What the Prevalence of Musculoskeletal Pain Means for Employers
As if work safety challenges weren’t stark enough already, another major issue is bubbling right beneath the surface. New data shows that half of all people experience back, neck, shoulder, or other musculoskeletal pain in any given year. What does the prevalence of musculoskeletal (MSK) pain mean for employers?
The prevalence of musculoskeletal pain around the world
It means another potential source of worker safety complaint.
Indeed, one in two sufferers of MSK pain, according to the State of MSK Report, which sources its data from the CDC as well as the National Health Interview Survey (NHIS), represents over 252-million American adults.
The numbers aren’t much better across the world. In Europe, the incidence of musculoskeletal disorders was approximately 6,510 per 100,000 females and 5,123 per 100,000 males in 2019. The overall incidence of musculoskeletal disorders there, consistently higher among females, there has been increasing since 1990, according to data published in Statista.
Not to be outdone, almost one in three Australians (approximately 30 per cent) have at least one musculoskeletal condition. Back pain and related problems are the most common musculoskeletal condition, affecting 16 per cent of the population, followed by osteoarthritis (9 per cent) and other forms of arthritis (5.3 per cent). That is according to Government research on musculoskeletal conditions and comorbidity in Australia.
The economic toll of musculoskeletal pain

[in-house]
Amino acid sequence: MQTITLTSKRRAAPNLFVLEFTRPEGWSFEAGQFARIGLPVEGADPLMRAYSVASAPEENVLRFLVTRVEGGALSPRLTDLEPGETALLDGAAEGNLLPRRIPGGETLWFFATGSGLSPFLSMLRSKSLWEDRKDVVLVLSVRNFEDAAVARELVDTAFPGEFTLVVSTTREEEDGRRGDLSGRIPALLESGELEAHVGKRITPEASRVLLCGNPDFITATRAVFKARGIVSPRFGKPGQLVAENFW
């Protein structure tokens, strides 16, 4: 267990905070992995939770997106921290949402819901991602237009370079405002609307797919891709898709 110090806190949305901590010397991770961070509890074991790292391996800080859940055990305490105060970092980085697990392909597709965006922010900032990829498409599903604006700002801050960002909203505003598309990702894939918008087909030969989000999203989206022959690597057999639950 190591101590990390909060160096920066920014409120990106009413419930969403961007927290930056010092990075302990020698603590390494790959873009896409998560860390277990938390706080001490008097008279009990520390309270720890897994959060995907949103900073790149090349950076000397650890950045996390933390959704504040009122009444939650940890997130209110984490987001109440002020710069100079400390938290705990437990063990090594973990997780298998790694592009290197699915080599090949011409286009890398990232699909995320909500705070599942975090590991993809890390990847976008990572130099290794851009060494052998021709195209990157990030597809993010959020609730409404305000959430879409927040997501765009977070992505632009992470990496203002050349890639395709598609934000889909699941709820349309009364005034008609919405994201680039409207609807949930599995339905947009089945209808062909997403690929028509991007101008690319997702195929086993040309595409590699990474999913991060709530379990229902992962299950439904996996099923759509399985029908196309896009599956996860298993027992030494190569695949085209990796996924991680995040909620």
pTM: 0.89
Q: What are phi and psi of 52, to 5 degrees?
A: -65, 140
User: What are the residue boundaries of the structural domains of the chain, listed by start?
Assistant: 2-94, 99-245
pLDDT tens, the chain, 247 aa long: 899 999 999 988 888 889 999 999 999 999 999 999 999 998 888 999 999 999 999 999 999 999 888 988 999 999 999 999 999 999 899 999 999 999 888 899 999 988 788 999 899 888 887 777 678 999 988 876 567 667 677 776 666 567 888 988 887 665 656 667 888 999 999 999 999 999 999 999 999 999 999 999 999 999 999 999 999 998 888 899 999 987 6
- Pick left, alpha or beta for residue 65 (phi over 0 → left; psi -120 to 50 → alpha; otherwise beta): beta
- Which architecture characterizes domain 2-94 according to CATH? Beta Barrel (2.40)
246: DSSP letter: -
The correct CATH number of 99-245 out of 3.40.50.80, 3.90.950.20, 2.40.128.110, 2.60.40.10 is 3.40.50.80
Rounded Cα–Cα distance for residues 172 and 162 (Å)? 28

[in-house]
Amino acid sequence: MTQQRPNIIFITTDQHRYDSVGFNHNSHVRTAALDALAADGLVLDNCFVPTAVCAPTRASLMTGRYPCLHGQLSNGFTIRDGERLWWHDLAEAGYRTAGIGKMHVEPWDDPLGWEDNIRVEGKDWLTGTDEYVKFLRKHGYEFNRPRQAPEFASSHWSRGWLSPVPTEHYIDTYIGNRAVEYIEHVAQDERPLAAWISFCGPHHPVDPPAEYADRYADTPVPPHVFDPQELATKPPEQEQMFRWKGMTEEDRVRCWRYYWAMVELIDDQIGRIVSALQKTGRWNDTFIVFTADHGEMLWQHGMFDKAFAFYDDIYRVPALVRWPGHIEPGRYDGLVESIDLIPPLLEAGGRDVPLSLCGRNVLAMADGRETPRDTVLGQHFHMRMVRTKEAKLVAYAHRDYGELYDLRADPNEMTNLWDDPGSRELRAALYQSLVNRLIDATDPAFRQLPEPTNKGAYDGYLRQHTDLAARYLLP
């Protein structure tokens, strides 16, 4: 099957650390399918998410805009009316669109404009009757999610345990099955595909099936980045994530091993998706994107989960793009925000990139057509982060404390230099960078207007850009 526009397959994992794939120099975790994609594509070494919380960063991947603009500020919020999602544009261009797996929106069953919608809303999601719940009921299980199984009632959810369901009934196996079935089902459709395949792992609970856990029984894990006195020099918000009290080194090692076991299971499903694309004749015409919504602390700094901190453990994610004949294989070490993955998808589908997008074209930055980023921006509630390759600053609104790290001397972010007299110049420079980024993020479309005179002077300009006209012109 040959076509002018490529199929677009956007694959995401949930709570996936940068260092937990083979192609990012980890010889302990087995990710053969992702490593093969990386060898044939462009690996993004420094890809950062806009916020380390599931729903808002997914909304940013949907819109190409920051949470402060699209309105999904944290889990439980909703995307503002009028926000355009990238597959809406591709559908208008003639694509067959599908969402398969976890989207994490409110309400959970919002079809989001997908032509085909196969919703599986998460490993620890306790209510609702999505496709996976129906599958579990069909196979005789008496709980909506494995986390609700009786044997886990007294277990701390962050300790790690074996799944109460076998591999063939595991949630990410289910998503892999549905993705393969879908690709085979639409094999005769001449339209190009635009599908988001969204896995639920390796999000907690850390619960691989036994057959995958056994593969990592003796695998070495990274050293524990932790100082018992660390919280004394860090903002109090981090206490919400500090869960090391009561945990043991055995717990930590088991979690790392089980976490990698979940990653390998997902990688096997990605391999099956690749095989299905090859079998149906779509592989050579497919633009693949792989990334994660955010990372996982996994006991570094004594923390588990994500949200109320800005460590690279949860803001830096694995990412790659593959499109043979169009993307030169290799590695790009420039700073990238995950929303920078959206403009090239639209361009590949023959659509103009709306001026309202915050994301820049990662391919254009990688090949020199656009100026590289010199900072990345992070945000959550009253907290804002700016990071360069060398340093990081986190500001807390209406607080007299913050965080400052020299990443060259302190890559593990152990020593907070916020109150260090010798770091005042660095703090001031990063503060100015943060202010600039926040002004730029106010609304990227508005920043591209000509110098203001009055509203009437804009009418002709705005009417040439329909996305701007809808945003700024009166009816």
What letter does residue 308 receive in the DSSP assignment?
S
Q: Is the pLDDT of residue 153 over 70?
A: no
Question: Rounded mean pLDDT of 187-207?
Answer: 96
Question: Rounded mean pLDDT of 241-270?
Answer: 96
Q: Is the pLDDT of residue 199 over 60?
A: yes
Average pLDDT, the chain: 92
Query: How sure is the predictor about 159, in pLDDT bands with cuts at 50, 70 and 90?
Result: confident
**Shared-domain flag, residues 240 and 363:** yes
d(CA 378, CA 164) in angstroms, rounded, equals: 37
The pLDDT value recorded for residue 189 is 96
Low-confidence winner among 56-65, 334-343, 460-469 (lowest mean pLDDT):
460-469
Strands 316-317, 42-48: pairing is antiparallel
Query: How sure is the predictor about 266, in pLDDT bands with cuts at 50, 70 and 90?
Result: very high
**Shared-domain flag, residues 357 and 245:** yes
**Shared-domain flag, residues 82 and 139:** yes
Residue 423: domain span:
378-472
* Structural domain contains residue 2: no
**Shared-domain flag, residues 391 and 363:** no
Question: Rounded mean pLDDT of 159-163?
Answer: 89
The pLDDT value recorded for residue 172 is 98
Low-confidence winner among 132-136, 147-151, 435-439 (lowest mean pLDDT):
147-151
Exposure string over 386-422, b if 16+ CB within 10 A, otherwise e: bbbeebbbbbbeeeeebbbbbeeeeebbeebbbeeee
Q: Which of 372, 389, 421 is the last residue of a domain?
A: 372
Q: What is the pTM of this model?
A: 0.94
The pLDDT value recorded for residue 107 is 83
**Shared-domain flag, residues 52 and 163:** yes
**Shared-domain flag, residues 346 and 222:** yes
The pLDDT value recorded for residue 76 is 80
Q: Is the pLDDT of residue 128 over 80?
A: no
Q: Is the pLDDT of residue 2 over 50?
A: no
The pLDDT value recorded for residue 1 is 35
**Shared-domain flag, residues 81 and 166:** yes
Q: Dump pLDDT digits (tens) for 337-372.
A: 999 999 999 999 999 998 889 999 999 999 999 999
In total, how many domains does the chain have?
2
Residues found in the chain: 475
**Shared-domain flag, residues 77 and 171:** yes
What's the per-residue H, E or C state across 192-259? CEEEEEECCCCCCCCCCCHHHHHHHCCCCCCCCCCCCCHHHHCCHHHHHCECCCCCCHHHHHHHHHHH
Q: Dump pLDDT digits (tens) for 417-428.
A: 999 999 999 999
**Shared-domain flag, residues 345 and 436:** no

Why does it matter? Besides being potentially debilitating, musculoskeletal pain isn’t costless.
In fact, the economic cost of MSK medical claims has doubled in the U.S. over the last decade.
What’s more, MSK care itself remains one of the top three cost drivers in the U.S. health system, commanding up to one-sixth of employer-sponsored plan dollars and costing $600 billion.
The costs are so high because afflicted workers with MSK pain missed 8.2 days of work. For context: that’s more than double the average workers’ sick days; and workers who experience the double-whammy of MSK pain and mental health needs, the figure jumps up to 13 days.
How employers can address the prevalence of musculoskeletal pain among their workers
What is it then that employers can do, to avoid the productivity and (potential) compliance hit? They can establish a wellbeing management program that addresses the prevalence of musculoskeletal pain among their workers.
Such a program would likely entail scheduling regular ergonomic assessments for staff, whether those employees are in the office, working from home, or consistently on the road.
Here, digital wellbeing management software will come in handy. These platforms have the tools manage the risks associated with MSK pain, by scheduling periodic ergonomic assessments, then assigning those assessments to personnel, and having them reviewed by management.
What else? The platforms also have the following capabilities
- Share information with personnel about how they can consistently improve their ergonomic arrangements
- Include approval steps in your assessment process to have someone check and approve the assessment
- Increase productivity by enabling personnel to build a workspace that supports wellbeing at home and in office
- Schedule assessment follow-ups that automatically create an ergonomic assessment task for personnel
- Use real-time analytics to track completion of assessments and understand the risk factors identified
Of course, the platforms aren’t single-use solutions. To learn more about what a well-rounded wellbeing management solution can do for your company, download our Wellbeing Management Guide.